If you own shares in DGR Global Limited (ASX:DGR) then it's worth thinking about how it contributes to the volatility of your portfolio, overall. In finance, Beta is a measure of volatility. Modern finance theory considers volatility to be a measure of risk, and there are two main types of price volatility. The first type is company specific volatility. Investors use diversification across uncorrelated stocks to reduce this kind of price volatility across the portfolio. The second sort is caused by the natural volatility of markets, overall. For example, certain macroeconomic events will impact (virtually) all stocks on the market.
Some stocks see their prices move in concert with the market. Others tend towards stronger, gentler or unrelated price movements. Beta can be a useful tool to understand how much a stock is influenced by market risk (volatility). However, Warren Buffett said 'volatility is far from synonymous with risk' in his 2014 letter to investors. So, while useful, beta is not the only metric to consider. To use beta as an investor, you must first understand that the overall market has a beta of one. Any stock with a beta of greater than one is considered more volatile than the market, while those with a beta below one are either less volatile or poorly correlated with the market.
What does DGR's beta value mean to investors?
Given that it has a beta of 1.42, we can surmise that the DGR Global share price has been fairly sensitive to market volatility (over the last 5 years). Based on this history, investors should be aware that DGR Global are likely to rise strongly in times of greed, but sell off in times of fear. Beta is worth considering, but it's also important to consider whether DGR Global is growing earnings and revenue. You can take a look for yourself, below.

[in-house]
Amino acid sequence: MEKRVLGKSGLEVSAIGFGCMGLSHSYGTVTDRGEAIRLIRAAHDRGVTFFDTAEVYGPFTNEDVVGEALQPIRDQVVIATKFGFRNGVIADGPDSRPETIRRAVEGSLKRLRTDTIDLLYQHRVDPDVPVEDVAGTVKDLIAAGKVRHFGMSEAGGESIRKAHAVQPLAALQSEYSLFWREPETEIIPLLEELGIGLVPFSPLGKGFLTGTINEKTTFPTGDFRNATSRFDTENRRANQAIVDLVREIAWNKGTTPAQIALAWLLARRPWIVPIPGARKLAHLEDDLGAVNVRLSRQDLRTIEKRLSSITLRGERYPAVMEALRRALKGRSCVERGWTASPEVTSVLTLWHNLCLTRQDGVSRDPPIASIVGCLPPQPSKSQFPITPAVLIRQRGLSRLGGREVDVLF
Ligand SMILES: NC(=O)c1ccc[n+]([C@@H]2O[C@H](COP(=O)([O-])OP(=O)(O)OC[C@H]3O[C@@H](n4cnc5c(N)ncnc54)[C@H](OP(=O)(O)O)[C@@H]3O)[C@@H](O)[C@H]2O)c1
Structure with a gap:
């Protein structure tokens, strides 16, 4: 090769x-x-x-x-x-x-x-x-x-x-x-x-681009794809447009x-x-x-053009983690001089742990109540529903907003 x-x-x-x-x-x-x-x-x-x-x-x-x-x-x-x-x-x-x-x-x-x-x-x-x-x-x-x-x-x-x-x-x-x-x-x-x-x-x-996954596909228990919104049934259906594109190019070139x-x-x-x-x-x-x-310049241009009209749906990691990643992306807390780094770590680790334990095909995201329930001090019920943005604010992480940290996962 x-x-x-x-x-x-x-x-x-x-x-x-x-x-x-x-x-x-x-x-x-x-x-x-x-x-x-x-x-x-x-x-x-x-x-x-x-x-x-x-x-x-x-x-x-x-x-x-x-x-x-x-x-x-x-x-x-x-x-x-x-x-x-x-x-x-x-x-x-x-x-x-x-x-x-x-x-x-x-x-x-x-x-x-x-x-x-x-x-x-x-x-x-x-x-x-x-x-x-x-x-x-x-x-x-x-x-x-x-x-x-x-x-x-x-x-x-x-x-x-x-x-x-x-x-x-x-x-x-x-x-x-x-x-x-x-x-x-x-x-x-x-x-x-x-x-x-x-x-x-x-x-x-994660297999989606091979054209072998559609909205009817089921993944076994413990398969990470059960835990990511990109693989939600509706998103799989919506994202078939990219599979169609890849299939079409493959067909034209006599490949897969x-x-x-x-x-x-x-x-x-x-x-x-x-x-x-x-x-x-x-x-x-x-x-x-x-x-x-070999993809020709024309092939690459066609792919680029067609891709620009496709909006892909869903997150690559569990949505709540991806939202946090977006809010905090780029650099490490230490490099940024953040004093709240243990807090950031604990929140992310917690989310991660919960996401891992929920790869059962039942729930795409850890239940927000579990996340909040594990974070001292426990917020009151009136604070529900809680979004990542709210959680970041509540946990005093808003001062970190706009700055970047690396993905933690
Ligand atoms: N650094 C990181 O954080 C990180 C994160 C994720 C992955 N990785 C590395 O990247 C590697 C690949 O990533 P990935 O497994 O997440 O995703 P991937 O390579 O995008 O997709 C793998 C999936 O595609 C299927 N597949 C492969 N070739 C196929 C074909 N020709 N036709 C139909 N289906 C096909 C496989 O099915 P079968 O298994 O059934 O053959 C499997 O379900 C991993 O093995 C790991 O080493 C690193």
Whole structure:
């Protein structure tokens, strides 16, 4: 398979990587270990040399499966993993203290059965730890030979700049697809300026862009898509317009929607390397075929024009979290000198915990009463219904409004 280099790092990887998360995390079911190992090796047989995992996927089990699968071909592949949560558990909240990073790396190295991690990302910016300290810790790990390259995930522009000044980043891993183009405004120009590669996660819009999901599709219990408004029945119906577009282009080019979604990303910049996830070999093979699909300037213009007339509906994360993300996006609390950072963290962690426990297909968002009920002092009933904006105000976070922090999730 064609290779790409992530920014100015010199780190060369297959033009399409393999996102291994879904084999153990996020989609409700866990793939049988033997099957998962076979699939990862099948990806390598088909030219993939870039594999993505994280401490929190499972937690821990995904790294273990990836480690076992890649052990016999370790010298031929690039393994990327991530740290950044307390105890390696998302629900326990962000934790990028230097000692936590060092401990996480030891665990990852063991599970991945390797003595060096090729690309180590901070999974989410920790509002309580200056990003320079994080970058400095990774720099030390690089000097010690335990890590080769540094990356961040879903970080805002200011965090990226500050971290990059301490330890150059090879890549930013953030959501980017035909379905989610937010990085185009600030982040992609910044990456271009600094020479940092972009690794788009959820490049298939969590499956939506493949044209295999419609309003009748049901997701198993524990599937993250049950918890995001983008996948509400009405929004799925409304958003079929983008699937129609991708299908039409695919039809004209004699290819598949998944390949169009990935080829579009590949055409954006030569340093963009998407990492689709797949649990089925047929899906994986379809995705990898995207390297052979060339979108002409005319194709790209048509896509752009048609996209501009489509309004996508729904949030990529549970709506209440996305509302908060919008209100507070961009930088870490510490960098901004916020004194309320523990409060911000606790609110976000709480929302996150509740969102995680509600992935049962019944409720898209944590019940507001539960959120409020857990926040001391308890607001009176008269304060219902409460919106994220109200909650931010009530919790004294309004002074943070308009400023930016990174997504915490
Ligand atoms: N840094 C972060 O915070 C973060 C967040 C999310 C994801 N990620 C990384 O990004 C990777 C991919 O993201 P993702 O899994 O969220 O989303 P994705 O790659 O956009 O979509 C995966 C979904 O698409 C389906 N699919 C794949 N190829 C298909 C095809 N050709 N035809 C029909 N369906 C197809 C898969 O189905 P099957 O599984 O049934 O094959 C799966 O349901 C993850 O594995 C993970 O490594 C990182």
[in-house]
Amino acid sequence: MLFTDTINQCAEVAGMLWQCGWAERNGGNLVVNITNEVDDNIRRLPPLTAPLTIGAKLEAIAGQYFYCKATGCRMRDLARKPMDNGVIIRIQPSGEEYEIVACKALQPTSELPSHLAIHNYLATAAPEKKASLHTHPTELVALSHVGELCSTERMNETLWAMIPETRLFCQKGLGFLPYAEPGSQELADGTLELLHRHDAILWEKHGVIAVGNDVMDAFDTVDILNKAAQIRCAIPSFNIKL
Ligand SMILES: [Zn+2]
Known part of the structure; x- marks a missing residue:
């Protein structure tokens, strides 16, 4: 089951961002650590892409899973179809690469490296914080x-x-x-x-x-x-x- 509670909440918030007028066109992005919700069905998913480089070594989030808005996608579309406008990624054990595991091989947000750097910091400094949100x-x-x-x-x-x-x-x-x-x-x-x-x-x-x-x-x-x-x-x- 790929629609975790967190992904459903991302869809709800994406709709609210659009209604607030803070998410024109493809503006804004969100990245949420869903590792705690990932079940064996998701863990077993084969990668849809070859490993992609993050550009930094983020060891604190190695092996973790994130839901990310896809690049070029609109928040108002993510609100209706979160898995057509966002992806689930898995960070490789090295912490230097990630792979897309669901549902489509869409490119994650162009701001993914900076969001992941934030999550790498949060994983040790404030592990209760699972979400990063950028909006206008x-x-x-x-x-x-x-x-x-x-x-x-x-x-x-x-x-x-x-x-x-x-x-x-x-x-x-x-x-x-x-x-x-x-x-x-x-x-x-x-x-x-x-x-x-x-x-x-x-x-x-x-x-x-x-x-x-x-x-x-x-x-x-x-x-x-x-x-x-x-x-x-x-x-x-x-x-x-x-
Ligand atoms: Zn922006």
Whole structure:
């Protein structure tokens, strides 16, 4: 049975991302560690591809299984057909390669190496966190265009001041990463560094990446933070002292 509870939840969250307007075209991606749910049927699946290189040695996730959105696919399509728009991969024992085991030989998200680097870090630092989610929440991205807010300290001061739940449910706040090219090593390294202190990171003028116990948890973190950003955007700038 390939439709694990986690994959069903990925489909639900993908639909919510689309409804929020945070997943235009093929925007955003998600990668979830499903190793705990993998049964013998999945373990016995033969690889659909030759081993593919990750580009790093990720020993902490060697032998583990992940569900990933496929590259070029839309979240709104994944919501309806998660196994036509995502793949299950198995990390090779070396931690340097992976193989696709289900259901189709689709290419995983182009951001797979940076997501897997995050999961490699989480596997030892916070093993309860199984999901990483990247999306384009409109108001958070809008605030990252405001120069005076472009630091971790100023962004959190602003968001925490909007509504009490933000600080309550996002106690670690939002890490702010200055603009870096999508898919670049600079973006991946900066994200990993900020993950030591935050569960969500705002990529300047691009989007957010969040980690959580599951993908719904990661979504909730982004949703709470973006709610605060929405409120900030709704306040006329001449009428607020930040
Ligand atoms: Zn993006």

How does DGR's size impact its beta?
With a market capitalisation of AU$57m, DGR Global is a very small company by global standards. It is quite likely to be unknown to most investors. It has a relatively high beta, suggesting it is fairly actively traded for a company of its size. Because it takes less capital to move the share price of a small company like this, when a stock this size is actively traded it is quite often more sensitive to market volatility than similar large companies.
What this means for you:
Beta only tells us that the DGR Global share price is sensitive to broader market movements. This could indicate that it is a high growth company, or is heavily influenced by sentiment because it is speculative. Alternatively, it could have operating leverage in its business model. Ultimately, beta is an interesting metric, but there's plenty more to learn. In order to fully understand whether DGR is a good investment for you, we also need to consider important company-specific fundamentals such as DGR Global’s financial health and performance track record. I urge you to continue your research by taking a look at the following:
- Future Outlook: What are well-informed industry analysts predicting for DGR’s future growth? Take a look at our free research report of analyst consensus for DGR’s outlook.
- Past Track Record: Has DGR been consistently performing well irrespective of the ups and downs in the market? Go into more detail in the past performance analysis and take a look at the free visual representations of DGR's historicals for more clarity.
- Other Interesting Stocks: It's worth checking to see how DGR measures up against other companies on valuation. You could start with this free list of prospective options.
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If you spot an error that warrants correction, please contact the editor at email@example.com. This article by Simply Wall St is general in nature. It does not constitute a recommendation to buy or sell any stock, and does not take account of your objectives, or your financial situation. Simply Wall St has no position in the stocks mentioned. Thank you for reading.